Years later, they will speak of this anniversary
as though it had happened to other people, neighbors, perhaps.
They will speak lightly of her hospitalization
gloss over the details, mention her minor head trauma
the problems he had had with his temper
back then, in the past.
Their children will glare pointedly at each other
over the heads of the assembled party guests
because one of them should have intervened
someone was supposed to have been here.
The bird hides inside, tucked inside my ribcage
too rotten to present. Bodies twist, limbs flail
but I didn’t come.
Dark and black and wet, he’s swimming
in the sweat of other women, rotten
to the heart. The bird is in here, barely visible
in the sick hot summer, intent on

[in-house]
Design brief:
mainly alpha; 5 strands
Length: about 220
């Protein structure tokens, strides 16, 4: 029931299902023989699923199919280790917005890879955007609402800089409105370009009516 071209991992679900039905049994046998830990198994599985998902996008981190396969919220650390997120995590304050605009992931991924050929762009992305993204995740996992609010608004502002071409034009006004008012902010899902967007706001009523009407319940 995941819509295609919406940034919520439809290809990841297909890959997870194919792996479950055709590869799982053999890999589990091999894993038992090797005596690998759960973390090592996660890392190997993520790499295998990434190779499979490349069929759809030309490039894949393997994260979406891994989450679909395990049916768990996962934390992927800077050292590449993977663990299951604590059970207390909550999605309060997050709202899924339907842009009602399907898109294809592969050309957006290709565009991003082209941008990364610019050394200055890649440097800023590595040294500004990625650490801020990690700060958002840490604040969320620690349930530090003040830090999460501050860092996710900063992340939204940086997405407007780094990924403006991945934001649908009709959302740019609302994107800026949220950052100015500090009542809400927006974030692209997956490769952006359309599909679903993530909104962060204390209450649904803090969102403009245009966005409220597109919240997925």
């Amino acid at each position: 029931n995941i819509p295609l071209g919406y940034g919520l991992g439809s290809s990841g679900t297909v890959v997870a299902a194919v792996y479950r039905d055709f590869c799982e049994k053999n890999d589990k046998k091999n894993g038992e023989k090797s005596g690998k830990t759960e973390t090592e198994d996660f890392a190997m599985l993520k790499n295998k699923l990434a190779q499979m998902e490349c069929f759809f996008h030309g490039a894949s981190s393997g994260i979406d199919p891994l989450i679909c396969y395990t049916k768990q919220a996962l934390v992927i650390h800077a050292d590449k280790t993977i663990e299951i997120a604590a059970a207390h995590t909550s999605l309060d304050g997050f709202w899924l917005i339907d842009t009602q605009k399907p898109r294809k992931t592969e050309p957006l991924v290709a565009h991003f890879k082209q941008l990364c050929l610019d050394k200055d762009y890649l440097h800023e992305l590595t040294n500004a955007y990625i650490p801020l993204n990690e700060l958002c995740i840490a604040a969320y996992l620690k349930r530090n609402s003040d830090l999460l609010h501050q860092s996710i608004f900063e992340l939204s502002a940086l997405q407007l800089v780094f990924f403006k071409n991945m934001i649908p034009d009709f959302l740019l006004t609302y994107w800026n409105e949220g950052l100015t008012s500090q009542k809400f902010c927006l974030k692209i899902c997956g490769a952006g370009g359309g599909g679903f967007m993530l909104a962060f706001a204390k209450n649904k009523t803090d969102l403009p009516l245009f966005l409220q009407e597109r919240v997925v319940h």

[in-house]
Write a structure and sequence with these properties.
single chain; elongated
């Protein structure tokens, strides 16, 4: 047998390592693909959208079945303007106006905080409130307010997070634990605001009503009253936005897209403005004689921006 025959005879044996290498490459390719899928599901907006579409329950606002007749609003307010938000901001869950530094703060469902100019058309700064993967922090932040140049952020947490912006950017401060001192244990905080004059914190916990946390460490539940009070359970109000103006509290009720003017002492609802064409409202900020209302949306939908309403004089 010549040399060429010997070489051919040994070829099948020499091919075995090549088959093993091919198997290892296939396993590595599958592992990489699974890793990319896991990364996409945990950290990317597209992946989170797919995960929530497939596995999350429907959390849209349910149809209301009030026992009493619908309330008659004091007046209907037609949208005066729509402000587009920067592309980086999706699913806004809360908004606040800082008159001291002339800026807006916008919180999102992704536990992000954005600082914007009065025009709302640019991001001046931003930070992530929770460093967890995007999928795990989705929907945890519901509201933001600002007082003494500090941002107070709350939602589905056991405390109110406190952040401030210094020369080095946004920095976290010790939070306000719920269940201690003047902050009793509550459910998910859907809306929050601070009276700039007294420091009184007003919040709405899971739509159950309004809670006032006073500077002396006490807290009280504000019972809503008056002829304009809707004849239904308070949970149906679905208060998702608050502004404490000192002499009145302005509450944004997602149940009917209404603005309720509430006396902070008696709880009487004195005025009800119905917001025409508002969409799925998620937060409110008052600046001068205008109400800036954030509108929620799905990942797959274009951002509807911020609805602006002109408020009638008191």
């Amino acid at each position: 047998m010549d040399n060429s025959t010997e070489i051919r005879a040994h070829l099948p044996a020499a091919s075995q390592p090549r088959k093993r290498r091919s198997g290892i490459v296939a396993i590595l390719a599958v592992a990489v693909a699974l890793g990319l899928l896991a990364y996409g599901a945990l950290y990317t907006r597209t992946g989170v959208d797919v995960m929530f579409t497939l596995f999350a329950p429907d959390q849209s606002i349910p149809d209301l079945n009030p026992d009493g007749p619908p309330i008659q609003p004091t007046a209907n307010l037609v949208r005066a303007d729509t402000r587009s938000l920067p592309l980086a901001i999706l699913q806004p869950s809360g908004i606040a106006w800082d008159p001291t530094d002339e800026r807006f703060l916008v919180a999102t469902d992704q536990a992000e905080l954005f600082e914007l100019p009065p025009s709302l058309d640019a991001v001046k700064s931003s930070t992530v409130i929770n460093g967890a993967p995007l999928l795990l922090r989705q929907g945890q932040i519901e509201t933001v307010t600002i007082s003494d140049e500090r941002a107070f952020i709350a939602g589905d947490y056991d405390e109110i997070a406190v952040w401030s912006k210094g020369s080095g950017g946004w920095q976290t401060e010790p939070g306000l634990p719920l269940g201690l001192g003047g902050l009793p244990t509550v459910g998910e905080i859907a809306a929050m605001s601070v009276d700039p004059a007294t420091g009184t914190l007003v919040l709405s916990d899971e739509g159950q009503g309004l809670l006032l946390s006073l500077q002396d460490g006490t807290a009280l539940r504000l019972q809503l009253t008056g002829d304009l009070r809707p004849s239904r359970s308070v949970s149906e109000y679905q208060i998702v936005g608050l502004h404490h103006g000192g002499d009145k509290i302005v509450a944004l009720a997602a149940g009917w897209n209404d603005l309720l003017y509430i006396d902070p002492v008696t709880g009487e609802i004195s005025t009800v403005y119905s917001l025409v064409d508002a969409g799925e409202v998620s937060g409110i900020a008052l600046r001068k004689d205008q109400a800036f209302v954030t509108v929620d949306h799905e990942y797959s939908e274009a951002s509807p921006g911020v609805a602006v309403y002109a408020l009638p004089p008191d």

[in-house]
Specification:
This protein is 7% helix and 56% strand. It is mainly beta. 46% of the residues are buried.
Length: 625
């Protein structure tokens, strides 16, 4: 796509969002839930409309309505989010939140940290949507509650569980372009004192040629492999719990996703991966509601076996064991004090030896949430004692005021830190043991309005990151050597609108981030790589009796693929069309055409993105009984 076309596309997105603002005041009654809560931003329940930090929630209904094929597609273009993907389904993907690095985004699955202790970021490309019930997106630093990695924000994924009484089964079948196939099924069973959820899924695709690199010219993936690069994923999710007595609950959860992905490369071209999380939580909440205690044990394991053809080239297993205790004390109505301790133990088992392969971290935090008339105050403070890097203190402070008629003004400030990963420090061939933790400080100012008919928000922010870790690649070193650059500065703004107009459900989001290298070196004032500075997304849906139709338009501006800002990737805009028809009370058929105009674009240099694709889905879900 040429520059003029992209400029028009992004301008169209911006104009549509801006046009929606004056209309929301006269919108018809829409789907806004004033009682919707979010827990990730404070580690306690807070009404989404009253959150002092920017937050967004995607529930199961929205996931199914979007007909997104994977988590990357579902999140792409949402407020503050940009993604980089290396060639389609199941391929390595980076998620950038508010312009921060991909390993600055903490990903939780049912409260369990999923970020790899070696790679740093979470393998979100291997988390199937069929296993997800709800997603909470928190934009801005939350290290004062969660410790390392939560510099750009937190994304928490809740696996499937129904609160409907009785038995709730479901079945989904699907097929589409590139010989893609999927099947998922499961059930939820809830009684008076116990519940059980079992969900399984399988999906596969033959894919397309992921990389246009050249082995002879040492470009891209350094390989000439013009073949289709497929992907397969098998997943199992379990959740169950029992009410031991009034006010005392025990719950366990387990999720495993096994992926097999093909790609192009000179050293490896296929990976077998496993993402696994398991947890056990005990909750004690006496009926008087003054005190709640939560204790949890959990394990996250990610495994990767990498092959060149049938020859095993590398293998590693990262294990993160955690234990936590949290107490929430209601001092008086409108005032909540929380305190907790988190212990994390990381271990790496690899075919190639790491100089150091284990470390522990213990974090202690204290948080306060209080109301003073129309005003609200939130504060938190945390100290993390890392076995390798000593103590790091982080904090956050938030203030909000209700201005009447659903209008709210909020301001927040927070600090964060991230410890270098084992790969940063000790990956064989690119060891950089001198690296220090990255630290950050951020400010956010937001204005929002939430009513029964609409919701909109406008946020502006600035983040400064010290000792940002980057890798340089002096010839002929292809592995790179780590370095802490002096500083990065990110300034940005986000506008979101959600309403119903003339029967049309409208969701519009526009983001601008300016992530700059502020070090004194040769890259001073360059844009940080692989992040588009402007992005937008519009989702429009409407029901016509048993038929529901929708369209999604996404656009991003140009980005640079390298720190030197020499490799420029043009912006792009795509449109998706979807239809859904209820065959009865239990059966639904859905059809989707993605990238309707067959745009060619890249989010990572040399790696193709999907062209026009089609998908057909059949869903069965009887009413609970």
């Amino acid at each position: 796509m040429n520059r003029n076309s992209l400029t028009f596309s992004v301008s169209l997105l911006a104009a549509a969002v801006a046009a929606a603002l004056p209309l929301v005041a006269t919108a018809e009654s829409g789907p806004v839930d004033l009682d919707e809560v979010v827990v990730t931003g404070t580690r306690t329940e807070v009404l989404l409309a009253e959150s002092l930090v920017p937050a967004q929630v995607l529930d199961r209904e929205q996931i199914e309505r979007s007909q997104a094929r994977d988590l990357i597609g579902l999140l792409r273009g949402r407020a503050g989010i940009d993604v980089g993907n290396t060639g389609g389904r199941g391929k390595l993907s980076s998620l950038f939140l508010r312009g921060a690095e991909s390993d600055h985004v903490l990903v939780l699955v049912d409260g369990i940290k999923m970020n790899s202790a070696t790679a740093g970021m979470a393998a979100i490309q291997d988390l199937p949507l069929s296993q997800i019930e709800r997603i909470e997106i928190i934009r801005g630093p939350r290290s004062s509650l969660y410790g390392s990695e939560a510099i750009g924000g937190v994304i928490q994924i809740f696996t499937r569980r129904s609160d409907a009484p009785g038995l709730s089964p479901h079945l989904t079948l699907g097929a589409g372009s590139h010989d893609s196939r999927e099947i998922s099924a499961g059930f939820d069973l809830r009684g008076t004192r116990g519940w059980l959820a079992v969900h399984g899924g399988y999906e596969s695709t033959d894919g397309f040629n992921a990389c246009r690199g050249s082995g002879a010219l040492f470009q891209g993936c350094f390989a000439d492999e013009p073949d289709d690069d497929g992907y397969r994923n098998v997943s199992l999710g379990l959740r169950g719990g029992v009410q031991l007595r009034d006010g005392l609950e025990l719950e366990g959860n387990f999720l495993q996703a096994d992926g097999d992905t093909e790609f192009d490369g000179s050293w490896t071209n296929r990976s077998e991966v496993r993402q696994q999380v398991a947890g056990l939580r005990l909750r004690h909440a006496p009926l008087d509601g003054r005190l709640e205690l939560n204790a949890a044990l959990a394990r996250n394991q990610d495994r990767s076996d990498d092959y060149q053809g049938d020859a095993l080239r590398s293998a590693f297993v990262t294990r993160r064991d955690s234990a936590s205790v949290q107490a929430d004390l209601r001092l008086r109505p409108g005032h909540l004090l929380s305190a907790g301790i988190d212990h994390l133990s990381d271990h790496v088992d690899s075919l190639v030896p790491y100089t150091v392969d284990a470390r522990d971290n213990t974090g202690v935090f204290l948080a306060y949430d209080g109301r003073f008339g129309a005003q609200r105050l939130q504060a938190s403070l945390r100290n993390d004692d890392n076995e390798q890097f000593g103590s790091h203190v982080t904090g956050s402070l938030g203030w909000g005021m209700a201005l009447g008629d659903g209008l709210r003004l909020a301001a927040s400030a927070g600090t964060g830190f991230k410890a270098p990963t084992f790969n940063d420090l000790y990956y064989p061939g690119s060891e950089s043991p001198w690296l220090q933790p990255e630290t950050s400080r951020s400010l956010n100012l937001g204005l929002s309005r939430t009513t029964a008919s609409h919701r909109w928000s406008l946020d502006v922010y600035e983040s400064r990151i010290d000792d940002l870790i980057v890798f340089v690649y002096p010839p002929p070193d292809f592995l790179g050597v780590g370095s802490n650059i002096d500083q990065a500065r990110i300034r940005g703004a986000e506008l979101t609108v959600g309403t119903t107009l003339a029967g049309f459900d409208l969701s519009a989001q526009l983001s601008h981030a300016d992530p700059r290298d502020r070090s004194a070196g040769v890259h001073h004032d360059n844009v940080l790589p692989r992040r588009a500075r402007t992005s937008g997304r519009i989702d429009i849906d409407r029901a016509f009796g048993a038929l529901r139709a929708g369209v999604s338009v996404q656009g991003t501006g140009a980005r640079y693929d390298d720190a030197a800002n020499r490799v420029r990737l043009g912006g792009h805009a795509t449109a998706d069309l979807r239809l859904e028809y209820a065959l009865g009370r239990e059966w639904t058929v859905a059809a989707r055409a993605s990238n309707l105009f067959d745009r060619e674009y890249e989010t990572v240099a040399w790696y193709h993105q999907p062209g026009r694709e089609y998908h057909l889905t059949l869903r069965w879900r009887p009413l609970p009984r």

Even through the cigarette smoke and birthday cologne
he’s in my heart—I can smell him.
Holly Day’s poetry has recently appeared in Asimov’s Science Fiction, Grain, and Harvard Review. Her newest poetry collections are In This Place, She Is Her Own (Vegetarian Alcoholic Press), A Wall to Protect Your Eyes (Pski’s Porch Publishing), Folios of Dried Flowers and Pressed Birds (Cyberwit.net), Where We Went Wrong (Clare Songbirds Publishing), Into the Cracks (Golden Antelope Press), and Cross Referencing a Book of Summer (Silver Bow Publishing), while her newest nonfiction books are Music Theory for Dummies and Tattoo FAQ.